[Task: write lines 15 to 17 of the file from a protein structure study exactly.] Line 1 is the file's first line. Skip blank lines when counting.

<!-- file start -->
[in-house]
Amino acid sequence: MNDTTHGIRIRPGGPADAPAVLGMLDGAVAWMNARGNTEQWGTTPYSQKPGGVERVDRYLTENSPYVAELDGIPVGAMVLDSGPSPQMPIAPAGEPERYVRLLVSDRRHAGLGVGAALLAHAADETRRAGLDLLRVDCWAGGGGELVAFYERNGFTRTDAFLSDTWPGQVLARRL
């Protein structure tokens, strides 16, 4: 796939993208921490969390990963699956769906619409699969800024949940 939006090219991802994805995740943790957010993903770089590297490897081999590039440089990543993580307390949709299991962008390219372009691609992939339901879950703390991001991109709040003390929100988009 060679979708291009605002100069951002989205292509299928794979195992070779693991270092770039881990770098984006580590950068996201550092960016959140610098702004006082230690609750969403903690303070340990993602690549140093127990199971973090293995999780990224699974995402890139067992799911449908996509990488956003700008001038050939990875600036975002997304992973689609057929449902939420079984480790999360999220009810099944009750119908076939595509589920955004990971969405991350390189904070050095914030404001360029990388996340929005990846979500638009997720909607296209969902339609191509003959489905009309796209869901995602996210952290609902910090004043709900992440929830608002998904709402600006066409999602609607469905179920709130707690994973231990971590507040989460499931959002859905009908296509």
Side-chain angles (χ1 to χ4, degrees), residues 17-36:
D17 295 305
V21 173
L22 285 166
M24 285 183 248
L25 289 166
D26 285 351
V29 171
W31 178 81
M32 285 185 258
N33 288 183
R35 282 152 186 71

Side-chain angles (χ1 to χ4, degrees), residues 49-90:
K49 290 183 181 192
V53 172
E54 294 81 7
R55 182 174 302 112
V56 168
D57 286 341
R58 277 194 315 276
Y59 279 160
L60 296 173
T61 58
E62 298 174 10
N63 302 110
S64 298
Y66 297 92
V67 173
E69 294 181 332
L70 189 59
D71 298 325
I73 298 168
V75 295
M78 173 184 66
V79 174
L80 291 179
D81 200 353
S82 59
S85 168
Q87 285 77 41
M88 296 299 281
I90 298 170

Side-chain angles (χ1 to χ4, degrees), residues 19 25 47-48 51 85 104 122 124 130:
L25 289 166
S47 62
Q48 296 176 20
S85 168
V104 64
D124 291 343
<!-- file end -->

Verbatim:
R35 282 152 186 71

Side-chain angles (χ1 to χ4, degrees), residues 49-90:
K49 290 183 181 192